Two years after the doors closed on one of Notting Hill’s most iconic restaurants – The Ledbury – the West London favourite has re-opened following a major refurbishment and redesign by British design studio, These White Walls.

The two-Michelin starred restaurant led by owner-chef Brett Graham, has been sensitively transformed and given a new lease of life after the much-loved eatery was forced to close in 2020 due to the pandemic.

The Ledbury restaurant for These white walls interior design studio in Notting Hill, London by Nacho RIvera

British design studio These White Walls, led by founder Rose Murray, has sought to breathe new life into restaurant whilst bringing it in line with Graham’s daring and explorative vision for the menu.

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Rose Murray, founder of These White Walls, said: “The Ledbury is undoubtedly one of the most loved and revered restaurants in London, so being a part of its re-birth has been a tremendous experience. Our design concept focused on bringing the restaurant back to life, creating more of a connection between the wild provenance of the dishes and the performative space of the dining room, whilst retaining the inviting ambience for which the place is so loved”

Rose Murray at The Ledbury restaurant

These White Walls took inspiration from some of the key dishes on the menu, which features an abundance of raw and organic ingredients brought together in art-like creations. With this in mind, the designers began to deconstruct the boxy structure of the existing dining room, introducing a series of sculptural elements and an abundance of organic materials to soften the space.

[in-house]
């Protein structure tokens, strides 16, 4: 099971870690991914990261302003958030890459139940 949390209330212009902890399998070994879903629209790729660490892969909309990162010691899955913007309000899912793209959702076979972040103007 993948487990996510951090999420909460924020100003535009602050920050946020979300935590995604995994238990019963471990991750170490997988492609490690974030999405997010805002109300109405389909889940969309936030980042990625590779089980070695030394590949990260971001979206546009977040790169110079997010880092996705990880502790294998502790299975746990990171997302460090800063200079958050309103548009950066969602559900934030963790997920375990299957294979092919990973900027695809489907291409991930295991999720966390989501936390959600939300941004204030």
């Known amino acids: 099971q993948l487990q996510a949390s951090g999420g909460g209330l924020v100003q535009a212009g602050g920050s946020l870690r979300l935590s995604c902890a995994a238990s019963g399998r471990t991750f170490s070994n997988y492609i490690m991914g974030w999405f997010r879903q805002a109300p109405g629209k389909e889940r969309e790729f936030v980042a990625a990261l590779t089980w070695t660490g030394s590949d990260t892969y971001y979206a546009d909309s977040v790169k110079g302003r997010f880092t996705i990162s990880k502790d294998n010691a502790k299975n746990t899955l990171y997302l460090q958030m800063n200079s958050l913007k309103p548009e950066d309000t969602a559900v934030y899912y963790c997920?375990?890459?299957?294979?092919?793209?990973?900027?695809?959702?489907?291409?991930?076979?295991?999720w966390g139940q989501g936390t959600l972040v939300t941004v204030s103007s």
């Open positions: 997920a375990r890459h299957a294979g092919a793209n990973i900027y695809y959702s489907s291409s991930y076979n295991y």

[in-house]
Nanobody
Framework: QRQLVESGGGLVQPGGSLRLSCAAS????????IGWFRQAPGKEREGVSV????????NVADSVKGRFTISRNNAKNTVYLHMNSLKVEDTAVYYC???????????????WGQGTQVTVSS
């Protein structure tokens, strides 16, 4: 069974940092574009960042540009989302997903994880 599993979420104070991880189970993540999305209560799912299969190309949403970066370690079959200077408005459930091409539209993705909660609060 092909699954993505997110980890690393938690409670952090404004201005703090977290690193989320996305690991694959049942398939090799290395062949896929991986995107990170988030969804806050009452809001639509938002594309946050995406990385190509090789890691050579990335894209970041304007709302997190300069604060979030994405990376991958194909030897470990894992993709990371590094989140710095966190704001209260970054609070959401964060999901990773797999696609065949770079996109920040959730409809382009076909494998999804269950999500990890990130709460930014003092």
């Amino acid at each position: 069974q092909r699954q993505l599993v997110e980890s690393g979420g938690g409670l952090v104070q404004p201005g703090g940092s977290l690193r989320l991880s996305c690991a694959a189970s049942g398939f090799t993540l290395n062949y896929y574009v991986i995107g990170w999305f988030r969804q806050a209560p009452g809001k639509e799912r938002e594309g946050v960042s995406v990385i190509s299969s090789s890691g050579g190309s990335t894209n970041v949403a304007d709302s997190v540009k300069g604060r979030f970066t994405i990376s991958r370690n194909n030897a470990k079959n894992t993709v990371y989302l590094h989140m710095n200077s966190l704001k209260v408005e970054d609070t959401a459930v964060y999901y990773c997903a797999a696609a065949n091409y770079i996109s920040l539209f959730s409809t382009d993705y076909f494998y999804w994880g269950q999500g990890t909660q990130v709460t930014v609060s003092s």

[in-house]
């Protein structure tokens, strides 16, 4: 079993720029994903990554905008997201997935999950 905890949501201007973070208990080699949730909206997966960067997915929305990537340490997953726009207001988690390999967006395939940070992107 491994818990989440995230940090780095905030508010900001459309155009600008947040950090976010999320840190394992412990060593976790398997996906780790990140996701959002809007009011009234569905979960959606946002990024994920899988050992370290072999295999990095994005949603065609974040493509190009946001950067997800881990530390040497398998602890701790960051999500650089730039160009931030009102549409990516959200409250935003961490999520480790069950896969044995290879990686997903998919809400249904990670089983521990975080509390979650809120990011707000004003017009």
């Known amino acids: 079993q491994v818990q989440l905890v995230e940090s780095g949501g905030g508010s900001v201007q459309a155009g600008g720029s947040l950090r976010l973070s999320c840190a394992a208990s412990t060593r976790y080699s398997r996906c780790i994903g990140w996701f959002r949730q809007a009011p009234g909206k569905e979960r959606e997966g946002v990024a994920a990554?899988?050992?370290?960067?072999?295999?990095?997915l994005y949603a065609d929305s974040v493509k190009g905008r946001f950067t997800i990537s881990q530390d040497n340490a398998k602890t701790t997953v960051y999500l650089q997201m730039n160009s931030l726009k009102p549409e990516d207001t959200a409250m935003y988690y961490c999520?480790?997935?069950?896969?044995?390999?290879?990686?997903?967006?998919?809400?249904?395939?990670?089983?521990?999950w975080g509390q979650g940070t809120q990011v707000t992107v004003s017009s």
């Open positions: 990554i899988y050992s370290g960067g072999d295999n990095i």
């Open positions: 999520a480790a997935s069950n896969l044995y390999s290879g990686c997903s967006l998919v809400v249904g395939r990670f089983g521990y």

The plain walls have been painted with textured limewashes, the old joinery replaced with hand-scalloped walnut wait stations with bespoke brass hardware; the central space now features an organic curved ceiling void filled with suspended floral arrangements set above a sculpted bronze table, made by British artists Based Upon.

The once blocky columns that divided the space have been removed, leaving the structural pillars newly dressed with cantilevered cabinetry and floating glass shelves that allow for a more fluid circulation route for the staff to better reach their diners to offer an optimal and seamless service.

Taking centre stage is a striking panelled wall clad with tiles of UK-grown Mycellium—a fibrous fungus more commonly used as an acoustic construction material that Murray is championing as a decorative finish fit for a fine dining space. The humble ingredient, with its patinated appearance, has been reconstructed and reimagined as a thing of beauty and luxury— a theme the studio commonly plays with across all their schemes, taking plain or vernacular materials and elevating them within the context of sumptuous beautiful spaces.